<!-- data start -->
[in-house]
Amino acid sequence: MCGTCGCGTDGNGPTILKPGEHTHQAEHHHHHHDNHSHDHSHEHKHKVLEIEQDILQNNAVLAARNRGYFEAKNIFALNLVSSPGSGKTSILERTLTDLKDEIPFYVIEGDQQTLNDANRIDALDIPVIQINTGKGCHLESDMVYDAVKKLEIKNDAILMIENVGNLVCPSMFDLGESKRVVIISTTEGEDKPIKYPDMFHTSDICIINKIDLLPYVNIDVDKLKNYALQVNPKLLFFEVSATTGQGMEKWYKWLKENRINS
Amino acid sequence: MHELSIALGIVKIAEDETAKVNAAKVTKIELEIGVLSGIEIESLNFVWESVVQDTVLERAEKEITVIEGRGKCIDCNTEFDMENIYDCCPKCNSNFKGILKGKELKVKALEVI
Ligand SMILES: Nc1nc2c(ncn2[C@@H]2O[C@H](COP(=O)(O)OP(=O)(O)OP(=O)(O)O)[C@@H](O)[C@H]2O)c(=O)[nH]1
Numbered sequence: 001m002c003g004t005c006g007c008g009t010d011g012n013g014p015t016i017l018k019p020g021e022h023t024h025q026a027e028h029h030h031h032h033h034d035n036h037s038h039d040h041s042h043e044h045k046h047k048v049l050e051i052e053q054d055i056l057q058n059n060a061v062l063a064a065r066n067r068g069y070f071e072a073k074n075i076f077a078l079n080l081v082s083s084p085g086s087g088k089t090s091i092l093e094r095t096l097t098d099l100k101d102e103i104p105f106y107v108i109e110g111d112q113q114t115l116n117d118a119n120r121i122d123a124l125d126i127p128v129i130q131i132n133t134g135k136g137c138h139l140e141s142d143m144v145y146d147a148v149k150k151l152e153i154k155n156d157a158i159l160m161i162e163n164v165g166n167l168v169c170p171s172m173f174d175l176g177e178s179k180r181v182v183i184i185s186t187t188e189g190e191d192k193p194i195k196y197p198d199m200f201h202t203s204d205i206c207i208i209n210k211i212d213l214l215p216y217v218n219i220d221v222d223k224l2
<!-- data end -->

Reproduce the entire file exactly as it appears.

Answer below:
[in-house]
Amino acid sequence: MCGTCGCGTDGNGPTILKPGEHTHQAEHHHHHHDNHSHDHSHEHKHKVLEIEQDILQNNAVLAARNRGYFEAKNIFALNLVSSPGSGKTSILERTLTDLKDEIPFYVIEGDQQTLNDANRIDALDIPVIQINTGKGCHLESDMVYDAVKKLEIKNDAILMIENVGNLVCPSMFDLGESKRVVIISTTEGEDKPIKYPDMFHTSDICIINKIDLLPYVNIDVDKLKNYALQVNPKLLFFEVSATTGQGMEKWYKWLKENRINS
Amino acid sequence: MHELSIALGIVKIAEDETAKVNAAKVTKIELEIGVLSGIEIESLNFVWESVVQDTVLERAEKEITVIEGRGKCIDCNTEFDMENIYDCCPKCNSNFKGILKGKELKVKALEVI
Ligand SMILES: Nc1nc2c(ncn2[C@@H]2O[C@H](COP(=O)(O)OP(=O)(O)OP(=O)(O)O)[C@@H](O)[C@H]2O)c(=O)[nH]1
Numbered sequence: 001m002c003g004t005c006g007c008g009t010d011g012n013g014p015t016i017l018k019p020g021e022h023t024h025q026a027e028h029h030h031h032h033h034d035n036h037s038h039d040h041s042h043e044h045k046h047k048v049l050e051i052e053q054d055i056l057q058n059n060a061v062l063a064a065r066n067r068g069y070f071e072a073k074n075i076f077a078l079n080l081v082s083s084p085g086s087g088k089t090s091i092l093e094r095t096l097t098d099l100k101d102e103i104p105f106y107v108i109e110g111d112q113q114t115l116n117d118a119n120r121i122d123a124l125d126i127p128v129i130q131i132n133t134g135k136g137c138h139l140e141s142d143m144v145y146d147a148v149k150k151l152e153i154k155n156d157a158i159l160m161i162e163n164v165g166n167l168v169c170p171s172m173f174d175l176g177e178s179k180r181v182v183i184i185s186t187t188e189g190e191d192k193p194i195k196y197p198d199m200f201h202t203s204d205i206c207i208i209n210k211i212d213l214l215p216y217v218n219i220d221v222d223k224l2